The great love affair…
I initially wrote a post about this hybrid plant back in April, and you can find the post here. As you can see it was a single plant which had two pups after flowering. Well three months after writing the post, I was looking at the plant and its growth seems to have stagnated, or perhaps it just seems that way to me because I see it so often. Regardless, I was taking a closer look at it the other day and because the parent plant seems to be in very decent shape still, I decided to remove the two pups. As most of you will know, the parent plant no longer grows post flowering, instead channeling its energy to the pups. Since the pups are mature enough and the parent plant looks to be healthy, I am hoping that removing existing pups will result in the parent sending out more pups.
Here are some pics to show the development over the three months since my original post. Looking at the pics now I must say there definitely was growth, albeit at the typically leisurely Tillandsia-like pace!
If you read my previous post about T. Houston, you will notice that I commented on not daring to remove the pups from that plant. In this case it is very different, with the pups being much easier to separate as it grows from the base of the parent. First thing I did was to check the roots to make sure they were not growing on the pup. The roots attach to anything they come in contact with, and while it does not harm the plant, it can become rather unsightly, so if I notice I tend to try and direct them away from the plant. If there are roots growing on the pup, you can either cut it off or in my case I just gently tugged it away. This normally pulls up the trichomes along with the root (the roots are incredibly strong for such a skinny thing), so your options are a bare spot where the roots grew or snipping the roots off at the base and thus have the root remain on the plant.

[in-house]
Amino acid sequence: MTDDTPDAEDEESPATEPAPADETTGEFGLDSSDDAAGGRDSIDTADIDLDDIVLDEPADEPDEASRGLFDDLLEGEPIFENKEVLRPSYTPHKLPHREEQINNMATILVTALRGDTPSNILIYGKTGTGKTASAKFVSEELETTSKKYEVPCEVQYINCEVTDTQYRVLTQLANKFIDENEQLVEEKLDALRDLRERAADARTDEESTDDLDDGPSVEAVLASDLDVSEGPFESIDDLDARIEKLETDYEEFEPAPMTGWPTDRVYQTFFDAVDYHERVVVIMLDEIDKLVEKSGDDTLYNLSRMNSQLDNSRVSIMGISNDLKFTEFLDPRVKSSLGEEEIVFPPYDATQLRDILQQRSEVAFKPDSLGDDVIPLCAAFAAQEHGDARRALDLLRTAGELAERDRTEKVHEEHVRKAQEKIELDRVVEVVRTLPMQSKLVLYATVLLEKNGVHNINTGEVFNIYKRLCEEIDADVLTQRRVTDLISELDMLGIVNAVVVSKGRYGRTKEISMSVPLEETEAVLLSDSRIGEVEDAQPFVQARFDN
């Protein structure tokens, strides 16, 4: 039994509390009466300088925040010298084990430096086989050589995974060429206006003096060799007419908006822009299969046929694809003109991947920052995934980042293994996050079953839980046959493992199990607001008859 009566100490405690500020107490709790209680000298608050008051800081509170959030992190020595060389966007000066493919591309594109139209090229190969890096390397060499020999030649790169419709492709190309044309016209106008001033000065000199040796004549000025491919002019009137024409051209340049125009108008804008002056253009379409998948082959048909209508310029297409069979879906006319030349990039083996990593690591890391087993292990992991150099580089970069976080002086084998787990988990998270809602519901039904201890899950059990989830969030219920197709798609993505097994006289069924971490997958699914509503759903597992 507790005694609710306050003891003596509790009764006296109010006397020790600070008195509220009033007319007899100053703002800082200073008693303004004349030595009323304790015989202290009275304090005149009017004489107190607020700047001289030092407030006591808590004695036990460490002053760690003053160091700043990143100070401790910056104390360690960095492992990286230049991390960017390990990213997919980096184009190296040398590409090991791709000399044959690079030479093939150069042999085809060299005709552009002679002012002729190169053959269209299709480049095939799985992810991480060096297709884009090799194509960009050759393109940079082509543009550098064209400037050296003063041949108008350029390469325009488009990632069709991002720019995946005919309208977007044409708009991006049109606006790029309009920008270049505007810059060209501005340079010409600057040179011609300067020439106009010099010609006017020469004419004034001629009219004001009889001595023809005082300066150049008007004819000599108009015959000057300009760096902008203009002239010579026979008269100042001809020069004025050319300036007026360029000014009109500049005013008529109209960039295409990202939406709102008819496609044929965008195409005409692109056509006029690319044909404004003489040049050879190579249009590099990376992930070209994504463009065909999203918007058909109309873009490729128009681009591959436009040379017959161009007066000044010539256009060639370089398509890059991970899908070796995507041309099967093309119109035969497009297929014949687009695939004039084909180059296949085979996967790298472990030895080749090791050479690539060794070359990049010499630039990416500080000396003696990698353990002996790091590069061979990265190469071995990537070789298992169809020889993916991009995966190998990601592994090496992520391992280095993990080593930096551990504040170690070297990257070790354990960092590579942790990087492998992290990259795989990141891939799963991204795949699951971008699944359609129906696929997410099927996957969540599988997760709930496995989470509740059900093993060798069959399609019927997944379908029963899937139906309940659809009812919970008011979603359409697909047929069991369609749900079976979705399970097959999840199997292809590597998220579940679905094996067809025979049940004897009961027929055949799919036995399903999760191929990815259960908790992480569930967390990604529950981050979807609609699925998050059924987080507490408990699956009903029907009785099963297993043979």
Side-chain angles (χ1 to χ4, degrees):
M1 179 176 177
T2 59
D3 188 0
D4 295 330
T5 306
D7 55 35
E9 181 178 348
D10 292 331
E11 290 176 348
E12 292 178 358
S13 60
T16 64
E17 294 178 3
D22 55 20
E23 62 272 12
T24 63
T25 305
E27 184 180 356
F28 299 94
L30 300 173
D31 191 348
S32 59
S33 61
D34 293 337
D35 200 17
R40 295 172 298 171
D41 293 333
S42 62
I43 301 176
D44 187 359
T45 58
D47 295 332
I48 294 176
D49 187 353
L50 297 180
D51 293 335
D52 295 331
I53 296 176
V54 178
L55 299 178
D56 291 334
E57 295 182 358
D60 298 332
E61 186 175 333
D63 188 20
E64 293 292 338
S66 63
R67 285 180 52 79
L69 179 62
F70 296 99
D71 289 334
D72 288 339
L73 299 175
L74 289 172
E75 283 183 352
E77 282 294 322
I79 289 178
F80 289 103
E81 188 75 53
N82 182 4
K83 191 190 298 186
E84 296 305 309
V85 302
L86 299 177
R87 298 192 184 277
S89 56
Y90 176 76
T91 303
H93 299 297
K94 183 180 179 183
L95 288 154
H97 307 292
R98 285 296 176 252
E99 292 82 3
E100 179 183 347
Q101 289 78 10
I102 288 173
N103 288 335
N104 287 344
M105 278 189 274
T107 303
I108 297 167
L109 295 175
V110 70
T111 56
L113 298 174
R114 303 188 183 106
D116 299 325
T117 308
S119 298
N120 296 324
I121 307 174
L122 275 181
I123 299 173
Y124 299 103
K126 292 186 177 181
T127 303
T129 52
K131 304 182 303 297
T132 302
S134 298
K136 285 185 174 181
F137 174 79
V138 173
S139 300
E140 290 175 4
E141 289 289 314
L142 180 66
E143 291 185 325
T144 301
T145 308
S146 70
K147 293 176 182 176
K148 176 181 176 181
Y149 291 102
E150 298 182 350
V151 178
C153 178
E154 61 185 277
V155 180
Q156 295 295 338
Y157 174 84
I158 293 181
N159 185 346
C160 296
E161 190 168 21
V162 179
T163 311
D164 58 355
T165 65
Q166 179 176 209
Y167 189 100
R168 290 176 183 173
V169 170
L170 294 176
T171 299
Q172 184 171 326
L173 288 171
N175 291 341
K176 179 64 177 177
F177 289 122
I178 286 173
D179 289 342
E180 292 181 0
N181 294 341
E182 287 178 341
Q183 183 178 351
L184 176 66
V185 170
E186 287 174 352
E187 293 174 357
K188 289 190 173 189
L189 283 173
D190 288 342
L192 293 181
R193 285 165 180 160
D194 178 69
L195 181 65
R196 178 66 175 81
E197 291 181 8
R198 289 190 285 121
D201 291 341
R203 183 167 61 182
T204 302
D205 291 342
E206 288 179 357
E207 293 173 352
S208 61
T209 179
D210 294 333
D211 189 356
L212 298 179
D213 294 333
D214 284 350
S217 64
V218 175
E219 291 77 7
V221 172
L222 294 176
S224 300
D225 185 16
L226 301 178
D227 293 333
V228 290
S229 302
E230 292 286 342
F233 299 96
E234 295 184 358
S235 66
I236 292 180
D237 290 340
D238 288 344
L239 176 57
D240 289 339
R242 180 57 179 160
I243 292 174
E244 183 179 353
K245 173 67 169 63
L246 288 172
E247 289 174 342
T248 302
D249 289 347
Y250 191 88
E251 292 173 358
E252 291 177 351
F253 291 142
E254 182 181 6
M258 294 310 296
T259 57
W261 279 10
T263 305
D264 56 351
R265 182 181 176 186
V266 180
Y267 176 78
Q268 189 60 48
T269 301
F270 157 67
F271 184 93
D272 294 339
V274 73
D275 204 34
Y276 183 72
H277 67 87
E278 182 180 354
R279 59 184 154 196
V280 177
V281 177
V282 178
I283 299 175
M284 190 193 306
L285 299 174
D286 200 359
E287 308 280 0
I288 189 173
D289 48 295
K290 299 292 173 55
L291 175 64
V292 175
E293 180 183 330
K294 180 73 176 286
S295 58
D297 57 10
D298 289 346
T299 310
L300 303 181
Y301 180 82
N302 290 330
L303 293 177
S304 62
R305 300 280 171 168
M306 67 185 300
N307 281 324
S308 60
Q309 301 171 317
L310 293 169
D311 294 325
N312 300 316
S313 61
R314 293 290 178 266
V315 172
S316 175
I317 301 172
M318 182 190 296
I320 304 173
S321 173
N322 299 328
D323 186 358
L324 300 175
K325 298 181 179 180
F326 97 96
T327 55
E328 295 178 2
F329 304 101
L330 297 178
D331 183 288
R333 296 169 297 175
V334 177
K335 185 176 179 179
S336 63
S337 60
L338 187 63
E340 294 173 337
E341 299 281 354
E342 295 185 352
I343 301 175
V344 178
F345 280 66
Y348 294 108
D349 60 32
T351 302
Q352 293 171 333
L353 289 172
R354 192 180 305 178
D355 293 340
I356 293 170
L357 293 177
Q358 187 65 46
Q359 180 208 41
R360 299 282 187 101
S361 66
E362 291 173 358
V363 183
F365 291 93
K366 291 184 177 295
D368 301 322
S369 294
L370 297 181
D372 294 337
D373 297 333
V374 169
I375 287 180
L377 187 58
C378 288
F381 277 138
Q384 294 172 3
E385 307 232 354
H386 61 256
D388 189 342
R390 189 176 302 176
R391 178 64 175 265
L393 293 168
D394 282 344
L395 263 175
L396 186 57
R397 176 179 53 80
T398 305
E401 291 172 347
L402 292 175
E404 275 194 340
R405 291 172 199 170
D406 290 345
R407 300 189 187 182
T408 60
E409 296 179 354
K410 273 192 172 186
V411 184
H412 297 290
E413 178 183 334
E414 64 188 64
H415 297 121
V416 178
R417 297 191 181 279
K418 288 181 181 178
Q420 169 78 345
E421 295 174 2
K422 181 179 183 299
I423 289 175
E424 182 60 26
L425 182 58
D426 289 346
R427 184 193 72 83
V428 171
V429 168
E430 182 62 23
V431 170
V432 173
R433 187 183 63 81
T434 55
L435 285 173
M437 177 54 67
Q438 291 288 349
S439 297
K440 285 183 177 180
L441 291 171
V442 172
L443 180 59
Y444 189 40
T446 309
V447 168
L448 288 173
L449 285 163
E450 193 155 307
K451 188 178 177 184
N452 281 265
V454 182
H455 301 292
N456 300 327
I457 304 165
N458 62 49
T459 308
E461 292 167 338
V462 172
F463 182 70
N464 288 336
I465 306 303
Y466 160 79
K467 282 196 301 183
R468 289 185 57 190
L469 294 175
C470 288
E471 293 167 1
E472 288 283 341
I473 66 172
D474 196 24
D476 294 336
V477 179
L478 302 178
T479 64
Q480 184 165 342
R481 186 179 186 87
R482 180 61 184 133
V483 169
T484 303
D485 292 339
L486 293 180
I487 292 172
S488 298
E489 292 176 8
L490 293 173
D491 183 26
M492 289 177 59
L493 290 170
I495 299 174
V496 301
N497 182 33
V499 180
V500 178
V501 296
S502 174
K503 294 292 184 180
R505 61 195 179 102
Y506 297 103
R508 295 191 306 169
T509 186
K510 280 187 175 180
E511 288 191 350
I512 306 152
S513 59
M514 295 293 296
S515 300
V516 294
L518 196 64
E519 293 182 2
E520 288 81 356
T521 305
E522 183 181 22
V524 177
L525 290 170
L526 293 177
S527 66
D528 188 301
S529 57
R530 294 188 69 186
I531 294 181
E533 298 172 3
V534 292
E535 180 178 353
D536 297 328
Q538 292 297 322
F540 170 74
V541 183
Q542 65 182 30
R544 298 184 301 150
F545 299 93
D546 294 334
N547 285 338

Then I started to wriggle the pups in the hope that they were loosely attached and I would be able to twist it off. By the way, detaching pups purely by twisting and tugging is dangerous unless the pups are loose, because you may end up with a pup with no core – which is never a good thing! I did not want to risk that so I grabbed a sharp knife and cut down as close to the base of the parent plant as possible. It is my first time separating pups so I was probably extra cautious. Thankfully everything went well and about 10 minutes later, I had three separate plants! None of which seemed to be any worse for wear.
Note: If you squint when you look at the pic immediately above, you can see the trichome-less lines where I detached the roots.
Anyway, I returned the parent back to its original spot and put the pups nearby in a slightly shaded spot. It is probably best not to water the plants for the next couple of days to allow the base time to dry off. After that you can go back to regular care. The pups are already a decent size so there is no need for any special treatment. I finally got around to wiring up the pups about a week later.
All I have to do now is keep my fingers crossed and hope the parent will send out a couple more pups. Happy growing peeps!
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